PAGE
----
Purchase and citing of a total of 18 Pallet emergency shelters for the homeless was given the go ahead by The Dalles City Council in a 3 to 2 consensus at the regular Council meeting Dec. 14. Twelve additional shelters will be purchased and installed just west of the six shelters currently in place on city property along Bargeway Road.

Additional CARES Act funding already allotted by the city included $10,000 each for St. Vincent dePaul and Windy River Gleaners and $5,000 for Point Man Ministries, all of which provide immediate needs assistance in the city. Remaining funds, which must be spent by the end of December, will be used to compensate the city’s first responders, primarily the city’s police department. That amount was estimated to be about $250,000.

Councilor Darcy Long-Curtiss, who has been working on the emergency shelter project since its inception both as a council member and as a private citizen, said she was hoping to use some of the remaining CARES Act funding to max out available shelters at the city-owned site.

“I was hoping to use some of this funding for more shelters,” Long-Curtiss told the council. “We have to do this isolation (using shelters) because of COVID-19. We would like to use some of these funds to max out our shelter capacity.” She said the current site, which will be in place through March, has room for a total of 18 shelters. Six are currently in use, and an additional six already approved by the council. “There is room for 18, it’s laid out that way. The waiting list is very long,” she said.

She said St. Paul’s Episcopal Church was purchasing a shelter unit as well, so five additional units, for a total of 18, would max out the site.

Public Works Director Dave Anderson noted that although the city had accounted for additional units, the Pallet shelters required more electricity than anticipated and the current wiring would only serve about 12 units in total. The current power service drop cost about $6,000, and expanding for 18 units would cost about the same. “PUD donated all their work,” he added.

Long-Curtiss responded that funds were available to cover that cost, and would not need to be provided by the city. The project is working with the YWCA of greater Portland, a registered non-profit serving as a fiscal sponsor. “They handle a lot of Federal funds, they do this for a lot of projects, so they don’t have to become a 501c3 organizations,” she said. Donations can be drawn from as needed, she explained.

Councilor Timothy McGlothlin noted he had concerns in regards to funding and having 18 units on site. “This might pull funding from our first responders,” he noted. “And when you compress 36 people within a small, confined areas, I have concerns as to the capacity of the area. Are they going to spread COVID with that kind of capacity? We are responsible for making a safe environment,” he said.

Long-Curtiss responded that she has been in discussions regarding that with shelter providers and employees around the state, as well as local agencies. “All the shelters are more than six feet apart, and we encourage them to sleep head-to-foot. Its a close-knit community, they are already hanging out together. Other communities have much larger programs than we have,” she said.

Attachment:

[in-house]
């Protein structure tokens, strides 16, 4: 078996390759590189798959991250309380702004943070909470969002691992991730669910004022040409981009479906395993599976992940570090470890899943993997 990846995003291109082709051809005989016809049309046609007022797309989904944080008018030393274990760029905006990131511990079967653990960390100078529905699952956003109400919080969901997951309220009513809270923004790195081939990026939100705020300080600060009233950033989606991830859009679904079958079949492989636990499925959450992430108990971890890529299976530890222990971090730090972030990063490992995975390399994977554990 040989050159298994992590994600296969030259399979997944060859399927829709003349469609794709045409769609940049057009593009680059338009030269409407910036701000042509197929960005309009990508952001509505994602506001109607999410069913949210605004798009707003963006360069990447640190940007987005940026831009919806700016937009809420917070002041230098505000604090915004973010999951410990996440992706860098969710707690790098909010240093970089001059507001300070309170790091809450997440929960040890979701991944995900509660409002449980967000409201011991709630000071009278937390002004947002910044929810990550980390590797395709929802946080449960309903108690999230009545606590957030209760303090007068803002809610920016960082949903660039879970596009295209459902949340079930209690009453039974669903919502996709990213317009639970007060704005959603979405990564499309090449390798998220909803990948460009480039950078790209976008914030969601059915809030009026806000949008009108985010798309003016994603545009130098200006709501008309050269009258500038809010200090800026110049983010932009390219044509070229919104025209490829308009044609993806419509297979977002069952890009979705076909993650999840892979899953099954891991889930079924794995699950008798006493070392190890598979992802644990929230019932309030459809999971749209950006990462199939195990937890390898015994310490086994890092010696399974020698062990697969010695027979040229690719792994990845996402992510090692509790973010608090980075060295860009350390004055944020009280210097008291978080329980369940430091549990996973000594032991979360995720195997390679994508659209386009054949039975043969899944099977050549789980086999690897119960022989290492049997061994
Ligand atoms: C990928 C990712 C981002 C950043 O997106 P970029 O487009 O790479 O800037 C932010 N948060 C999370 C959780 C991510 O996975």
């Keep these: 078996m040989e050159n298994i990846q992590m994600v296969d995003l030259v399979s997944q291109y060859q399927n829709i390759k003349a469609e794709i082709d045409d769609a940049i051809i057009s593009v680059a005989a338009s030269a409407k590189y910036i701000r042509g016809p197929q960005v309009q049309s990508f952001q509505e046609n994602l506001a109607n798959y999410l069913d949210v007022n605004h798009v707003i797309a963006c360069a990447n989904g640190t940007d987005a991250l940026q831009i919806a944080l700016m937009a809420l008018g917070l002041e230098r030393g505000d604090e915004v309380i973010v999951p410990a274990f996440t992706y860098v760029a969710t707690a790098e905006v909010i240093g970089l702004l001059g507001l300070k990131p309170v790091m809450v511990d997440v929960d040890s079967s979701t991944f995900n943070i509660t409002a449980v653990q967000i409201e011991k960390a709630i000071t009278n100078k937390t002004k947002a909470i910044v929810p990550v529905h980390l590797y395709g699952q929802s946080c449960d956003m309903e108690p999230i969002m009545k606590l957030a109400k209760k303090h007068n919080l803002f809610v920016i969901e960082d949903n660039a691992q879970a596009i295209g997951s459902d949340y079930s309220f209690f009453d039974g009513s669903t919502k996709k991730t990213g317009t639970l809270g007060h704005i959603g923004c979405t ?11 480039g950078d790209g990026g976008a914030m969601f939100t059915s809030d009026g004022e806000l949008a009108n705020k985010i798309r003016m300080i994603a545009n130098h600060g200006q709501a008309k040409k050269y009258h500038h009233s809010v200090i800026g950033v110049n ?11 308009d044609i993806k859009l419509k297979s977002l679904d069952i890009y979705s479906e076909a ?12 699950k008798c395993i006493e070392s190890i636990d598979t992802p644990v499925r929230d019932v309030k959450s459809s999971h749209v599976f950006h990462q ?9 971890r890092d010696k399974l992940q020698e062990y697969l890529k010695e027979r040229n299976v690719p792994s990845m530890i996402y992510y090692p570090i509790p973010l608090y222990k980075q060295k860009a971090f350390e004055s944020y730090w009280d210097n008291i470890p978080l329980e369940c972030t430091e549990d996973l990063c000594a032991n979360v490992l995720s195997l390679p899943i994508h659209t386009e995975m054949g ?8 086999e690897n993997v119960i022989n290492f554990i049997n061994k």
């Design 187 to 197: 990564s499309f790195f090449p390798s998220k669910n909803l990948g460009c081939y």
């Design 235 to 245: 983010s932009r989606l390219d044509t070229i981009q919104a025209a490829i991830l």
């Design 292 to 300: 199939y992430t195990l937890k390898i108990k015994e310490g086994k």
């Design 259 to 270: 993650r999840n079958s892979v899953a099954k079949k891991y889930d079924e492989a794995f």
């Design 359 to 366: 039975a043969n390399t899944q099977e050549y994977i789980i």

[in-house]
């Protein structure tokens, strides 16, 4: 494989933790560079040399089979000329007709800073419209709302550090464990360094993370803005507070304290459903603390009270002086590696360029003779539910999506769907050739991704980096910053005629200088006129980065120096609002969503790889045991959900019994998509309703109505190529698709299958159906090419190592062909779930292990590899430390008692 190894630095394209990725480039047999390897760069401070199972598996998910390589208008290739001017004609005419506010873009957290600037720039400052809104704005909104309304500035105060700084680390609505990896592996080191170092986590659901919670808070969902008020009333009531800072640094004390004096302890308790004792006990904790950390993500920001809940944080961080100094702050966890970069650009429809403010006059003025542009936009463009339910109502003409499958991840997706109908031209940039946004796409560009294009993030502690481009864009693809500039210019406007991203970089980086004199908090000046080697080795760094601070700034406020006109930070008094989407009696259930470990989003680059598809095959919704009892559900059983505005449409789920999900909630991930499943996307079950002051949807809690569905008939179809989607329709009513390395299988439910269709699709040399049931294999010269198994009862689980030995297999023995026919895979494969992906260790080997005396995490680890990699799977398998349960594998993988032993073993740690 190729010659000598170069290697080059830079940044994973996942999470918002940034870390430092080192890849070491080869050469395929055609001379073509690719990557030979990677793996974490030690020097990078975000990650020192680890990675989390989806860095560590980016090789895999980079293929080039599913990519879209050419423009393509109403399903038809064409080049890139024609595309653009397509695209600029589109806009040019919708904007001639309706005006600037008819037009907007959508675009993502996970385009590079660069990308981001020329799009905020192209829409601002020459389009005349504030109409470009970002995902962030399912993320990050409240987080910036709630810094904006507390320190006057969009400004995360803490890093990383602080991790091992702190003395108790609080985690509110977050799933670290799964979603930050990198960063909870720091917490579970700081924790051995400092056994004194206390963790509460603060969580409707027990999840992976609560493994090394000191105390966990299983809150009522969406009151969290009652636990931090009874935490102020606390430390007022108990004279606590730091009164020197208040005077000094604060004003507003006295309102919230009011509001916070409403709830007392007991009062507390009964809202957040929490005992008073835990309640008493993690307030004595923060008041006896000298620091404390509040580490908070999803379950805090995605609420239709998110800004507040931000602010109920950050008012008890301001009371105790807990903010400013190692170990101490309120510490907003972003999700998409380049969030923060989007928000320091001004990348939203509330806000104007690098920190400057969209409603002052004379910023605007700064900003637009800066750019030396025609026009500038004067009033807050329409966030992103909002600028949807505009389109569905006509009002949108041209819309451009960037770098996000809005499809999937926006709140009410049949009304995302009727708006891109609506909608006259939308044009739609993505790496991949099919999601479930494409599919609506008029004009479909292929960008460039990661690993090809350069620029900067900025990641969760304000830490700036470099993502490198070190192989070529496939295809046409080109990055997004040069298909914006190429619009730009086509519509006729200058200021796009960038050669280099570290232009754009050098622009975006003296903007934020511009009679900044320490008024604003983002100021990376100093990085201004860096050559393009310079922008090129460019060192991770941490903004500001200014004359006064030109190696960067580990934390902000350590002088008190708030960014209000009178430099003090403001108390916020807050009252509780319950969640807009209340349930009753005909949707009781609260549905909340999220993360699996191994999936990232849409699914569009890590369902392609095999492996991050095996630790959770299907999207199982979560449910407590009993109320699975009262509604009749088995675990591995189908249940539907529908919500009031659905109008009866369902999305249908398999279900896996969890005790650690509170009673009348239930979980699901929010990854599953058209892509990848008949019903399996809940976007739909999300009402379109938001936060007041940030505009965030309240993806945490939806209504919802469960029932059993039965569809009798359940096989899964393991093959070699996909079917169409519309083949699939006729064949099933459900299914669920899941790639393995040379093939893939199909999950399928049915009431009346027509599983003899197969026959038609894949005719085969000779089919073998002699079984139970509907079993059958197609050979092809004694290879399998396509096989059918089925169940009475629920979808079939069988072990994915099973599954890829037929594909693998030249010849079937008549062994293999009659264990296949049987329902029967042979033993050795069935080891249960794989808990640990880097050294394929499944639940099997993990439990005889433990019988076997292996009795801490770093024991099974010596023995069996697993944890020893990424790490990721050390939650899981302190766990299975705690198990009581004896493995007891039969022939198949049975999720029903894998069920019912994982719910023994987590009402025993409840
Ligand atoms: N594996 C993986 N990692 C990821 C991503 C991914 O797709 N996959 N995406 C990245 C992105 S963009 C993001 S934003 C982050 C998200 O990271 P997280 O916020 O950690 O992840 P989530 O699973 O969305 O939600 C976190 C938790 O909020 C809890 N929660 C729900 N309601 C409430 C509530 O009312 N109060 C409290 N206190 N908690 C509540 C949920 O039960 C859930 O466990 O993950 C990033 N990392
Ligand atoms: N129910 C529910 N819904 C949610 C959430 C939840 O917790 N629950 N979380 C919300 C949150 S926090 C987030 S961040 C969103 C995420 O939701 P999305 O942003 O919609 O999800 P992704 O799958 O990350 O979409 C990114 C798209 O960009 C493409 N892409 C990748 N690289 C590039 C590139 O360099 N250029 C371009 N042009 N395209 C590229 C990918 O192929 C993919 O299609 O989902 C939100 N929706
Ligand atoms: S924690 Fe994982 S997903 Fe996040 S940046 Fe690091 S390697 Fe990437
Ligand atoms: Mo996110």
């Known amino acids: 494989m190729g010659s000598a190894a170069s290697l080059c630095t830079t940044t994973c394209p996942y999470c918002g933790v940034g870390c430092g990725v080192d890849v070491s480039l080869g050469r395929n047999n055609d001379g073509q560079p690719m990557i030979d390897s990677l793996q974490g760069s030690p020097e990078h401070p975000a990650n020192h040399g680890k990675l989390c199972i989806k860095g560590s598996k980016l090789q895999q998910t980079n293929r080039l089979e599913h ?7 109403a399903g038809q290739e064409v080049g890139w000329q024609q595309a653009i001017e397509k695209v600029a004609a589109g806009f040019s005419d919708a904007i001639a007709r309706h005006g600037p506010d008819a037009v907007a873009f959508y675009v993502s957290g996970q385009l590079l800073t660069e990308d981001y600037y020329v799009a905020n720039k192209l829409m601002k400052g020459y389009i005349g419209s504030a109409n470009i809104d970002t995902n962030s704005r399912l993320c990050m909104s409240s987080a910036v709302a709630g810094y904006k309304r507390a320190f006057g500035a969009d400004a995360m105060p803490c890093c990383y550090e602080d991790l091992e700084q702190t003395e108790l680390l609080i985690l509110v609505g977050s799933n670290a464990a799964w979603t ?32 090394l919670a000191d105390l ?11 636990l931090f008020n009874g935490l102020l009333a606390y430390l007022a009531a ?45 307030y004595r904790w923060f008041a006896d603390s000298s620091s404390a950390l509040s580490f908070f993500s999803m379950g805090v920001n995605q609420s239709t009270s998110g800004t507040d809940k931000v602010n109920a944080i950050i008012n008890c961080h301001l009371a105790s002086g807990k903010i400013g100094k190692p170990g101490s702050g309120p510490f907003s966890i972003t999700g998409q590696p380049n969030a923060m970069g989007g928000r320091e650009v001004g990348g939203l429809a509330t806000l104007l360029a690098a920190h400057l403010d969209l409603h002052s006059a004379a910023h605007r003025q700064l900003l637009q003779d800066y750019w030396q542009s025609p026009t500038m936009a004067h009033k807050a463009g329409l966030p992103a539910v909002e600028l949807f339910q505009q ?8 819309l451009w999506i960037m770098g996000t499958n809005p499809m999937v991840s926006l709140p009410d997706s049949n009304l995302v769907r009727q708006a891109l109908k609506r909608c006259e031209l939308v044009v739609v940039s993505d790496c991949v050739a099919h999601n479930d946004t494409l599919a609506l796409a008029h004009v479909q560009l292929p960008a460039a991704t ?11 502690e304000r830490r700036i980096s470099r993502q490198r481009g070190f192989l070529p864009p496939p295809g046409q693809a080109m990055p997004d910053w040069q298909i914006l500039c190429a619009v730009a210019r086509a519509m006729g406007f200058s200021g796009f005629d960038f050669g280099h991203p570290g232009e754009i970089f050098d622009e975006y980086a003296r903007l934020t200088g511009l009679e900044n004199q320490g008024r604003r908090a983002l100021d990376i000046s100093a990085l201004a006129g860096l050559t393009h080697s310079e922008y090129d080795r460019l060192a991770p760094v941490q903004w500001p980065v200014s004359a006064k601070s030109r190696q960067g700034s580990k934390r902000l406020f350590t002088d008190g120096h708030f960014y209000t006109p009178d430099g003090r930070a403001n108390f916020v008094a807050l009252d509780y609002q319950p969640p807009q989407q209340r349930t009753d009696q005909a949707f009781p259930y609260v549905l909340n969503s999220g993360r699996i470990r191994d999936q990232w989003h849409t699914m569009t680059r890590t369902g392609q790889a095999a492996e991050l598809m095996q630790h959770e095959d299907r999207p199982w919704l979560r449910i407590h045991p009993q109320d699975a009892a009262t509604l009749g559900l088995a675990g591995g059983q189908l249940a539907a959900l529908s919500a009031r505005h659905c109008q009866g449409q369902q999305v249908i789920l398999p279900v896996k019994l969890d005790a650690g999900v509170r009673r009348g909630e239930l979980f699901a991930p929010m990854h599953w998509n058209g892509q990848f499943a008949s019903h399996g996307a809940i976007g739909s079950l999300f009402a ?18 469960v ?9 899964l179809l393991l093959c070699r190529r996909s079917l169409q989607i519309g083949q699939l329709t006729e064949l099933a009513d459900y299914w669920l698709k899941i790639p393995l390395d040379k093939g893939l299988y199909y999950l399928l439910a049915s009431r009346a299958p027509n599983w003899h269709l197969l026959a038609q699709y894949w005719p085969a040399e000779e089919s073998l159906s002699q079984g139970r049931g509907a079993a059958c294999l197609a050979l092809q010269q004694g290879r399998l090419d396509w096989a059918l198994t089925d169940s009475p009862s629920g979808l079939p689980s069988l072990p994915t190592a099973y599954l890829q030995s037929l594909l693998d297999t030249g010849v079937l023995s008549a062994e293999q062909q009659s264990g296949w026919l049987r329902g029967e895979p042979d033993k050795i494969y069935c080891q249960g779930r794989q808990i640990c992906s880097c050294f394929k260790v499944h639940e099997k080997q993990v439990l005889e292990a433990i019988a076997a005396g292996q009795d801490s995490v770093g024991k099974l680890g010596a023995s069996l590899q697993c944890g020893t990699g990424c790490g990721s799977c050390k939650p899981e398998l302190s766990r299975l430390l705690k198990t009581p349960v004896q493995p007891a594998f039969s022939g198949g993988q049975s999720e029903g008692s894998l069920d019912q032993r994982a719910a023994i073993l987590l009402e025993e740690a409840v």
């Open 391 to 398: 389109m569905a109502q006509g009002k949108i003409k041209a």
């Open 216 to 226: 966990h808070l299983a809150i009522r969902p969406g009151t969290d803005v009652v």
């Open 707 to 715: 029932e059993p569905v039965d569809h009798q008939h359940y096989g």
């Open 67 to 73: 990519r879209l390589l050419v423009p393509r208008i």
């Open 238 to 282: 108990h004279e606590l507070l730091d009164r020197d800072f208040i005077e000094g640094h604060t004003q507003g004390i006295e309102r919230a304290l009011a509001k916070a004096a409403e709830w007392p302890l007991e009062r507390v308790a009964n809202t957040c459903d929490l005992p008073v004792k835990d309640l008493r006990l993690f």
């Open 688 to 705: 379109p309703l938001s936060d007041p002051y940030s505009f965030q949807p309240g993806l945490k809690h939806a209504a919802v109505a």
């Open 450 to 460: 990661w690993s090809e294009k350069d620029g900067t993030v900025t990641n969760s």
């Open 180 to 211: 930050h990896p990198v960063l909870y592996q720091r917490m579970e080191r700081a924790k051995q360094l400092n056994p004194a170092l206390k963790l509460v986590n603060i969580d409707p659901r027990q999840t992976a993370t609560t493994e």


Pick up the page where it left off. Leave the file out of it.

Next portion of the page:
Councilor Rod Runyon noted that because the funds are COVID funds, not city funds, the city manager could spend them without council approval. He added, however, that he was concerned the project was attracting homeless people to the area. “All of a sudden, we are having more people coming for these services, new faces. I’m fine with 18, but no more than that,” he said.

Long-Curtiss said it was true there were many new faces. “In regards to all the new faces, it is true that our homeless population has expanded,” she said. “There are a lot of new faces that I didn’t even know. But in talking to the referring agencies, I am discovering that these are people who are from The Dalles, even long-term residents, who have lost their jobs recently during this COVID time.

“I am not accepting people who are not from The Dalles, because the council was very clear they did not want that,” she added. “Everybody is already known by me, the police department, St. Vincent dePaul or one of the referring agencies, to verify they really are residents of The Dalles.”

Councilor Linda Miller noted she had heard derogatory comments regarding the project from businesses in the area, specifically a restaurant west of the project site.

Long-Curtiss said she had heard those complaints but questioned their accuracy. “That restaurant is .4 miles away. There are portable toilets at the project site, why would anyone walk that far to use the toilet when there is one right there?” An encampment near the restaurant had been removed prior to the project being established, she added.

Long-Curtiss noted the city would not be on the hook for any funding beyond that used to purchase the final units. “This is a stand-alone program. I needed the city to help with the space. The city is not on the hook to make up any difference, they are just a piece of the funding, I’m not asking for anything else. Just for the COVID funding for the additional units and permission to put them up.”

Ownership of units purchased by the city will be transferred to the Mid-Columbia Community Action Council. Units will remain in place through March.

With a majority of the council supporting the CARES Act funding for the additional units, the project will move forward.

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